Anywhere in this region will have plenty of leitão restaurants, though. If you’re visiting Coimbra, for example, you’ll be able to sample leitão here. There are quite a few restaurants in the city centre, and just as many on the country roads outside of Coimbra and in the surrounding towns. In fact, many of the places near Mealhada can be just as good but are cheaper than the restaurants in Mealhada itself. 

That doesn’t mean you can’t get good leitão in the rest of Portugal, of course. You can, and you will find plenty of restaurants that offer it. Although some restaurants will offer it as one of many dishes on their menu, it’s better to go to somewhere that specialises in it.

These restaurants often seem to be on the side of major road (e.g. the N125 in the Algarve) and usually will have the word leitão in the name of the restaurant e.g. Solar dos Leitões (Alentejo), A Lojinha do Leitão (Porto), and Rosa dos Leitões (Algarve).

Having a person’s name and the word leitão is quite common (e.g. Rosa dos Leitões or O Leitão do Zé) is quite common, but double check it’s a leitão restaurant. As well as being the name of a Portuguese dish, Leitão is also a common surname in Portugal and the person may actually be a lawyer, dentist, or estate agent.

Mealhada

Mealhada is a small town of around 5,000 people that’s located between Lisbon and Porto, and it’s mecca for leitão lovers. Many of the restaurants here will serve hundreds of customers per day, and cook close to a thousand piglets each. If you’re driving between the two cities, or visiting nearby Coimbra, it’s definitely worth stopping up for lunch here.

The restaurants are mainly located just outside of Mealhada, rather than in the town centre, on the EN1 road (if you’re driving on the A1, you’ll need to come off by taking the Mealhada exit).

There are plenty of restaurants to choose from, including Pedro dos Leitões which is the original leitão restaurant, and some to consider are:

  • Pedro dos Leitões: Rua Álvaro Pedro nº1, Mealhada, Portugal
  • Rei dos Leitões: EN1 Av. Restauração, Nº 17, 3050-382 Mealhada, Portugal
  • Casa Vidal: Rua das Almas – Aguada de Cima, 3750-043 Águeda, Portugal

If you’re visiting Portugal in September, you could also attend the leitão festival (Festa do Leitão da Bairrada) which usually takes place towards the start of the month.

Negrais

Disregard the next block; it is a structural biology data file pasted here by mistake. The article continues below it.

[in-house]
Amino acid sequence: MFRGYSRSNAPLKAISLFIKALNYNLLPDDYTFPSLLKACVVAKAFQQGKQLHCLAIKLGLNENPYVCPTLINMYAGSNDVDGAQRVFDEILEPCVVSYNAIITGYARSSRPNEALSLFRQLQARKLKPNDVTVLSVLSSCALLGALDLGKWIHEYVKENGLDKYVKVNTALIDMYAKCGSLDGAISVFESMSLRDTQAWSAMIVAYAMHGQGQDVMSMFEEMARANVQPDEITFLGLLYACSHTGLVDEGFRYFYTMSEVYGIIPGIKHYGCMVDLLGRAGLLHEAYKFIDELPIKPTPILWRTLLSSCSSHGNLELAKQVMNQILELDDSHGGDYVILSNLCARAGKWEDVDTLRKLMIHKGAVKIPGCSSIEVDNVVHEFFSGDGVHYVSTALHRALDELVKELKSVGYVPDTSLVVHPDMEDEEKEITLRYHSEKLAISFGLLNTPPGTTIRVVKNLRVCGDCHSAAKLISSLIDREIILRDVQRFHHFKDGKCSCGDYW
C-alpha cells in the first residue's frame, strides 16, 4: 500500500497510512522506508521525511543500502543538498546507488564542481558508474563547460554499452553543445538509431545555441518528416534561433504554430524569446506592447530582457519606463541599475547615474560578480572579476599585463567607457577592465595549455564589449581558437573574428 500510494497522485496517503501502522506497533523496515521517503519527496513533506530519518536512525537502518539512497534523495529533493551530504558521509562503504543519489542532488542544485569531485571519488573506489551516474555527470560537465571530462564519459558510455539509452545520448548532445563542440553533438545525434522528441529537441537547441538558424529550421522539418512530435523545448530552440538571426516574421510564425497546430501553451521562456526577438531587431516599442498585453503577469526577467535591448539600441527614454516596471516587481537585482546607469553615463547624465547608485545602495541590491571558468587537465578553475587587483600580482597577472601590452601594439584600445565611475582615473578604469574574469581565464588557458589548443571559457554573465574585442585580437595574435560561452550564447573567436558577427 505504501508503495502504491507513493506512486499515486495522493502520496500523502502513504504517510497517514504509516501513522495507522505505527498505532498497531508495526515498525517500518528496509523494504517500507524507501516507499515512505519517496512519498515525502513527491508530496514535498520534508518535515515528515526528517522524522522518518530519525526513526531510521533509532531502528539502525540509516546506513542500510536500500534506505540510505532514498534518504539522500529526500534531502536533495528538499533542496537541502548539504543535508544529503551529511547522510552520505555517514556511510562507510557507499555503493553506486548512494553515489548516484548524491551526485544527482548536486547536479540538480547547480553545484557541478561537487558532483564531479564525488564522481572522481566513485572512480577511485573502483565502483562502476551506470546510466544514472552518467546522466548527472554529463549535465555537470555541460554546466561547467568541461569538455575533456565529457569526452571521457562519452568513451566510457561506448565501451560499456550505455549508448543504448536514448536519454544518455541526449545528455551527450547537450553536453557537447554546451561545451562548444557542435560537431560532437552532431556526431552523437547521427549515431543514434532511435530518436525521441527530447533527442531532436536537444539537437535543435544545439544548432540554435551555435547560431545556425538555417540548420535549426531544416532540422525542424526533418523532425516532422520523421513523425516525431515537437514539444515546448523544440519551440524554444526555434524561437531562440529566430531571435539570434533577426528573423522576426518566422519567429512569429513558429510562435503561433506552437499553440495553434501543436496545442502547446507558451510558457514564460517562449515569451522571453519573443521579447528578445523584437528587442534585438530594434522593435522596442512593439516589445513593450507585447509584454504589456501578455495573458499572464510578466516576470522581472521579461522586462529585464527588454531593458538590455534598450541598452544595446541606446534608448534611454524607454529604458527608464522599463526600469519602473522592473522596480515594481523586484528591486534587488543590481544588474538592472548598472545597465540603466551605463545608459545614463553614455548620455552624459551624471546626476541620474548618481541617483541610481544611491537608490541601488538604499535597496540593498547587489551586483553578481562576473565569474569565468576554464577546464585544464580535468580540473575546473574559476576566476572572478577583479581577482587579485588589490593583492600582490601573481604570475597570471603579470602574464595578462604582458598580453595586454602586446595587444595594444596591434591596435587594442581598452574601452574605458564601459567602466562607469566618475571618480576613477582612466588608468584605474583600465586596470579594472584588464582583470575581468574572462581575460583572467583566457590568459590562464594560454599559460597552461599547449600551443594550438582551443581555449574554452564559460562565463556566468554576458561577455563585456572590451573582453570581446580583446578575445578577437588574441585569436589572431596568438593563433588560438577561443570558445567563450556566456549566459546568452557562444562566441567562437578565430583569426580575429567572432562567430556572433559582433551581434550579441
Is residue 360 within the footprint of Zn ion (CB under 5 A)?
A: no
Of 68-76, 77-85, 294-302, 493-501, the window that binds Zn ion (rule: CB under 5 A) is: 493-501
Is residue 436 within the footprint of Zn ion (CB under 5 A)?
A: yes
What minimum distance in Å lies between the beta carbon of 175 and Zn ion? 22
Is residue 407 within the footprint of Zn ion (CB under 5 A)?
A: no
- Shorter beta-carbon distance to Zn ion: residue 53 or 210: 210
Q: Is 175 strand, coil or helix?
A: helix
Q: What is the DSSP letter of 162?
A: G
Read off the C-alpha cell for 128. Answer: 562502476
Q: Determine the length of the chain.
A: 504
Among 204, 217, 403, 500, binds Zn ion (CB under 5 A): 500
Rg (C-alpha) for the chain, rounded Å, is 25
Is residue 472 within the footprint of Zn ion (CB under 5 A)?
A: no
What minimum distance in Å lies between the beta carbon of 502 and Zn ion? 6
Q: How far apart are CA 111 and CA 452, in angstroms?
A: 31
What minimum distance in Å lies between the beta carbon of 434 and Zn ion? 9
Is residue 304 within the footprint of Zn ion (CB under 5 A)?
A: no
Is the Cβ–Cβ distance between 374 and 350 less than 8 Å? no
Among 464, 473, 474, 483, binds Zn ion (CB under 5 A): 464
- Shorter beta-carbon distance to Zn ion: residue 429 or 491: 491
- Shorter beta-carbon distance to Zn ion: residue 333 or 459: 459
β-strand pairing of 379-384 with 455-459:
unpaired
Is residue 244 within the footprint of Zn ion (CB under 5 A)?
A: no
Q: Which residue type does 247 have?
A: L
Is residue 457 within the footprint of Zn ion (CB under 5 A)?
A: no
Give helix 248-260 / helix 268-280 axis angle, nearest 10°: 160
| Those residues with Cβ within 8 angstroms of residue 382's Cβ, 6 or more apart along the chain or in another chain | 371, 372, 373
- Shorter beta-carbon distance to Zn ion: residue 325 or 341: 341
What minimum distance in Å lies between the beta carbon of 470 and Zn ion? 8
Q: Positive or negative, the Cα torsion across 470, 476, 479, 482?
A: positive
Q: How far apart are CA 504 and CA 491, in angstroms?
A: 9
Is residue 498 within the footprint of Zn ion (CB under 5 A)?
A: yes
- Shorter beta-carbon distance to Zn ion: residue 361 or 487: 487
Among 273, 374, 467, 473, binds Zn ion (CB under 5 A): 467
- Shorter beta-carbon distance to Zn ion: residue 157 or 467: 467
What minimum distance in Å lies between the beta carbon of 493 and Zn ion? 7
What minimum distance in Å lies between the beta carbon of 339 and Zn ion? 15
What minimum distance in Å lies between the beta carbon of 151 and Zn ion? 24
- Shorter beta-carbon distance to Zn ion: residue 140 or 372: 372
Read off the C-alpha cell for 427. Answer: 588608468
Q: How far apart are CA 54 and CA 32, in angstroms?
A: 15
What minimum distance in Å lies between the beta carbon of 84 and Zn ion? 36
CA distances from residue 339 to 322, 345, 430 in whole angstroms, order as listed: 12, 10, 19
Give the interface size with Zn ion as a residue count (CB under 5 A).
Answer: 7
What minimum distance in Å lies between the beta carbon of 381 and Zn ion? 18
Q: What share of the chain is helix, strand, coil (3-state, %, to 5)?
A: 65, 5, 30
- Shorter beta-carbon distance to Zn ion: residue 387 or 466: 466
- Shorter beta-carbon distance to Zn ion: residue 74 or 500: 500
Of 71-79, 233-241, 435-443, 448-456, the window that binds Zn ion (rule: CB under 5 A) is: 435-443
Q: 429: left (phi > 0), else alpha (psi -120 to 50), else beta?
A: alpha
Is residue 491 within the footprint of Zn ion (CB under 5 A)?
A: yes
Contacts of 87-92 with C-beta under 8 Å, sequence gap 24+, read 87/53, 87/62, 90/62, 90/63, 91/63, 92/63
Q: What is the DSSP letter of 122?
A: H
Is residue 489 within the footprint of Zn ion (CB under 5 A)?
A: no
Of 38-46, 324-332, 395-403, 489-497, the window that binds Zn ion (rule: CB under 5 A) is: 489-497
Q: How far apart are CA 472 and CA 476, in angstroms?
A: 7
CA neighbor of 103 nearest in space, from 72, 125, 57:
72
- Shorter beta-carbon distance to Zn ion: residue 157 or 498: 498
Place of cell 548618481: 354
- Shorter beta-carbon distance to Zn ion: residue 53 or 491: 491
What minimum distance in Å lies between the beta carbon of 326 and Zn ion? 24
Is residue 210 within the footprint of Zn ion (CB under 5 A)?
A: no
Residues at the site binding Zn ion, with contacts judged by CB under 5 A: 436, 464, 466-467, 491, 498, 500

Leitão is normally associated with Portugal’s Bairrada region, but it’s also typical in Negrais as well. Negrais is a small town close to Sintra, and around 40 minutes from Lisbon, that claims to has been cooking leitão for longer than Mealhada but has never managed to achieve the fame Mealhada has.

Leitão à Negrais is cooked slightly differently to the way Leitão à Bairrada in the way it’s cooked: Leitão à Bairrada is normally placed on a skewer and spit-roasted, while Leitão à Negrais is spatchcocked and cooked over a grill. Otherwise, the two are incredibly similar.

There are several restaurants in Negrais that specialise in leitão, including O Caneira which claims to be the first place to serve up the dish in Negrais, that are worth visiting.

  • Restaurante O Caneira: Av. Gen. Barnabé António Ferreira 171, Almargem do Bispo – Negrais, 2715-315 Negrais, Portugal
  • Restaurante Tia Alice: Largo do Rossio 16, Negrais, Almargem do Bpo., Portugal
  • O Palácio dos Leitões: R. dos Serradinhos 26, 2715-311 Almargem do Bpo., Portugal

Other Portuguese dishes

Pork is a bit part of the Portuguese diet, and some of the best Portuguese dishes are made from pork. Another pork dish to look out for is porco preto, particularly dishes like secretos de porco preto. This is the meat of the black Alentejo pig, a pig that’s fed a rich diet of acorns. It’s incredibly delicious, and unlike any pork dishes you’ll have had before.

Have you tried leitão? What did you think? Share your thoughts and reviews by leaving a comment below. 

Last updated in September 2019.
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4 thoughts on “Leitão: Portugal’s Answer to Pulled Pork”